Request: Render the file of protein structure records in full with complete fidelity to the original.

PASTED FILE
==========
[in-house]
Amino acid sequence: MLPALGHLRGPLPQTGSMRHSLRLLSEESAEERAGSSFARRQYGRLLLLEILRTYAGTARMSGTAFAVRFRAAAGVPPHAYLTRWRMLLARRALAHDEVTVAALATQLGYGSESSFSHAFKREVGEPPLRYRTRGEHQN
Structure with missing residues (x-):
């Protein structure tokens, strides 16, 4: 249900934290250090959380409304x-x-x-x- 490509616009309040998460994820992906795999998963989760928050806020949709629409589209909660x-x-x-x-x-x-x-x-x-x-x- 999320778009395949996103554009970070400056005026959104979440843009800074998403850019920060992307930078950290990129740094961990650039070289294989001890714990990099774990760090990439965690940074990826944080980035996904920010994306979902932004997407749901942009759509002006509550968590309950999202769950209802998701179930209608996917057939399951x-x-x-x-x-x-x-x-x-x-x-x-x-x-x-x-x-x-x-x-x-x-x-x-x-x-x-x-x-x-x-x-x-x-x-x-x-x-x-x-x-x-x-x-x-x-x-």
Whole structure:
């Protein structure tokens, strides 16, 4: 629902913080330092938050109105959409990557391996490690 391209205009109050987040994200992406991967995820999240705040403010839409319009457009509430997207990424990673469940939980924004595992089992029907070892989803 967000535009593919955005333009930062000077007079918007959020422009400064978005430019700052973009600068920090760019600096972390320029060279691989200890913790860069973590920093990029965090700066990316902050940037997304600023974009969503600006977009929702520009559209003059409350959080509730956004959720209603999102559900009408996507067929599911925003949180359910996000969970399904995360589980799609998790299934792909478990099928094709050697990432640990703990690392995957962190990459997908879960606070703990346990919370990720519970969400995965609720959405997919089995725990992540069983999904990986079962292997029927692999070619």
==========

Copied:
[in-house]
Amino acid sequence: MLPALGHLRGPLPQTGSMRHSLRLLSEESAEERAGSSFARRQYGRLLLLEILRTYAGTARMSGTAFAVRFRAAAGVPPHAYLTRWRMLLARRALAHDEVTVAALATQLGYGSESSFSHAFKREVGEPPLRYRTRGEHQN
Structure with missing residues (x-):
């Protein structure tokens, strides 16, 4: 249900934290250090959380409304x-x-x-x- 490509616009309040998460994820992906795999998963989760928050806020949709629409589209909660x-x-x-x-x-x-x-x-x-x-x- 999320778009395949996103554009970070400056005026959104979440843009800074998403850019920060992307930078950290990129740094961990650039070289294989001890714990990099774990760090990439965690940074990826944080980035996904920010994306979902932004997407749901942009759509002006509550968590309950999202769950209802998701179930209608996917057939399951x-x-x-x-x-x-x-x-x-x-x-x-x-x-x-x-x-x-x-x-x-x-x-x-x-x-x-x-x-x-x-x-x-x-x-x-x-x-x-x-x-x-x-x-x-x-x-």
Whole structure:
């Protein structure tokens, strides 16, 4: 629902913080330092938050109105959409990557391996490690 391209205009109050987040994200992406991967995820999240705040403010839409319009457009509430997207990424990673469940939980924004595992089992029907070892989803 967000535009593919955005333009930062000077007079918007959020422009400064978005430019700052973009600068920090760019600096972390320029060279691989200890913790860069973590920093990029965090700066990316902050940037997304600023974009969503600006977009929702520009559209003059409350959080509730956004959720209603999102559900009408996507067929599911925003949180359910996000969970399904995360589980799609998790299934792909478990099928094709050697990432640990703990690392995957962190990459997908879960606070703990346990919370990720519970969400995965609720959405997919089995725990992540069983999904990986079962292997029927692999070619």